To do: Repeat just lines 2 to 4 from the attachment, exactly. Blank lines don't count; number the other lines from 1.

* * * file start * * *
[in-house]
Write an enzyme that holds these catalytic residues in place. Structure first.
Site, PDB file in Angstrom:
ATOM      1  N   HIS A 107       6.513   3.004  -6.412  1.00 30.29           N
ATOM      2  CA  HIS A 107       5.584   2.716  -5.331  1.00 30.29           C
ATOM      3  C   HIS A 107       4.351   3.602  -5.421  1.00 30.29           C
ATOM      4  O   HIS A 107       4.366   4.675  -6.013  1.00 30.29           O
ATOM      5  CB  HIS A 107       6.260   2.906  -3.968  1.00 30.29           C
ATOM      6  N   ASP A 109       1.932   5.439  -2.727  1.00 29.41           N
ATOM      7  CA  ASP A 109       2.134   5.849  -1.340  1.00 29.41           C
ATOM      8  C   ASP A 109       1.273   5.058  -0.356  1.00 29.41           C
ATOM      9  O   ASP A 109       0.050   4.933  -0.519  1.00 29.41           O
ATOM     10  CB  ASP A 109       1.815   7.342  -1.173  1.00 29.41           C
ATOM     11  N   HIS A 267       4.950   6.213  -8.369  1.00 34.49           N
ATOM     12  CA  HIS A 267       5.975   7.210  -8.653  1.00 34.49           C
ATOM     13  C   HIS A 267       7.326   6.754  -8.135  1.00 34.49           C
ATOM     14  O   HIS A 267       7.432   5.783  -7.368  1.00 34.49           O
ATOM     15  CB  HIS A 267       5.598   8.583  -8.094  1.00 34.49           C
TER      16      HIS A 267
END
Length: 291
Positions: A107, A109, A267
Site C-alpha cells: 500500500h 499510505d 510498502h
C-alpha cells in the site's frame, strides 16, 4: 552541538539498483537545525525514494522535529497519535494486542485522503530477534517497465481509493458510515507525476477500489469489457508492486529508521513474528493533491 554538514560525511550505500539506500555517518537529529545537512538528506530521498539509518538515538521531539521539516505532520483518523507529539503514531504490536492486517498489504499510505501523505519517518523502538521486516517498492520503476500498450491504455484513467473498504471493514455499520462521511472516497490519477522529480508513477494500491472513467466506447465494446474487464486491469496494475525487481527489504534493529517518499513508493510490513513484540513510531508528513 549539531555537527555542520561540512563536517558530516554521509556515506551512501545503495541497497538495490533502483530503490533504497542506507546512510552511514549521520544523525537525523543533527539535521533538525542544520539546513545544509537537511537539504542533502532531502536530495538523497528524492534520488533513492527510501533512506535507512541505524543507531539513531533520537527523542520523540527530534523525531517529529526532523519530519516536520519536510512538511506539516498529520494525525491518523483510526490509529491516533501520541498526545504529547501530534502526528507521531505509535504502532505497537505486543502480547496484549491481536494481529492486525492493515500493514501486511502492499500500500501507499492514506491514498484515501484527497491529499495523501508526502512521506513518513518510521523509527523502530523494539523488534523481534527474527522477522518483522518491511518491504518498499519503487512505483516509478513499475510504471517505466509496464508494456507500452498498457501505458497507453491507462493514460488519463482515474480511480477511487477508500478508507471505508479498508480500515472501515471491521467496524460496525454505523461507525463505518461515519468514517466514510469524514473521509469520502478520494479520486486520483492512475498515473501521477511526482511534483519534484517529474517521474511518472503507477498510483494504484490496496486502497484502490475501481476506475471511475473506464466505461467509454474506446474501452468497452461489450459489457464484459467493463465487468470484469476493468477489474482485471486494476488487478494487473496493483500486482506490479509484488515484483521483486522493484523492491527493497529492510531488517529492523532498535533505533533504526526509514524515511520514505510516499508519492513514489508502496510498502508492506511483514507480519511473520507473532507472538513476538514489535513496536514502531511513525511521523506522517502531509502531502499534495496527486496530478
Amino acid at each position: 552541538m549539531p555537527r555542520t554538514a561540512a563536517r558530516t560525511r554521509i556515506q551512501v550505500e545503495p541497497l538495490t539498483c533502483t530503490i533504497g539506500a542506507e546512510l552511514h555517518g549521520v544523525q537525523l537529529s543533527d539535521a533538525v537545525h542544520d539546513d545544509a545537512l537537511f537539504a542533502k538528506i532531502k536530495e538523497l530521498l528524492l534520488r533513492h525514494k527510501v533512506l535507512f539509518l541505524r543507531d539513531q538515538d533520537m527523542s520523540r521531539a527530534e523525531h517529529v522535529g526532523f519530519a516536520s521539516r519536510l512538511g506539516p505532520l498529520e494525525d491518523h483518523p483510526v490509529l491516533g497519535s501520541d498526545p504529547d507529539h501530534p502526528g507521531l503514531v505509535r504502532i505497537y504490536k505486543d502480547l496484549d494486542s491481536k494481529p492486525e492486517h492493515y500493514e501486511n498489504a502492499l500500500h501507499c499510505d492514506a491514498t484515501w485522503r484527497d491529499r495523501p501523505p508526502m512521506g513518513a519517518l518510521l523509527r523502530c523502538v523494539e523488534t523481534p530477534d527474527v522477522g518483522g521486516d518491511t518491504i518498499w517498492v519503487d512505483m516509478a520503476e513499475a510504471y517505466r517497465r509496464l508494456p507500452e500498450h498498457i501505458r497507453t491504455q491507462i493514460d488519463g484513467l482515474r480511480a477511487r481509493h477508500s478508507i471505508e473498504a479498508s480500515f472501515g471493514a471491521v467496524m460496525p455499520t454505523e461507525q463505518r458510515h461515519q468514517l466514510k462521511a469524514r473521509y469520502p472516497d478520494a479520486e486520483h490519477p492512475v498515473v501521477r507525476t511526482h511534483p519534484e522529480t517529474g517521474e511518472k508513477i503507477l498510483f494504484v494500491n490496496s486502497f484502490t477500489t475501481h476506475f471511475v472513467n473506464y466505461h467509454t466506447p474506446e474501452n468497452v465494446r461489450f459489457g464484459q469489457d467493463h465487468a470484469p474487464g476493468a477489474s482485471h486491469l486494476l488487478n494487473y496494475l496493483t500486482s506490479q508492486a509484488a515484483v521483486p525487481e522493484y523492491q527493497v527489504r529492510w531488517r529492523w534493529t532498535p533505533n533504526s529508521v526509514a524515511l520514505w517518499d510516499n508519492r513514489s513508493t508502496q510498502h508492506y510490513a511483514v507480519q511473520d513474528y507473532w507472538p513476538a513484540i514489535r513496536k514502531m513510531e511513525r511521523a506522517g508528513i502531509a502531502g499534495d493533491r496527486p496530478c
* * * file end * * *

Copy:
Write an enzyme that holds these catalytic residues in place. Structure first.
Site, PDB file in Angstrom:
ATOM      1  N   HIS A 107       6.513   3.004  -6.412  1.00 30.29           N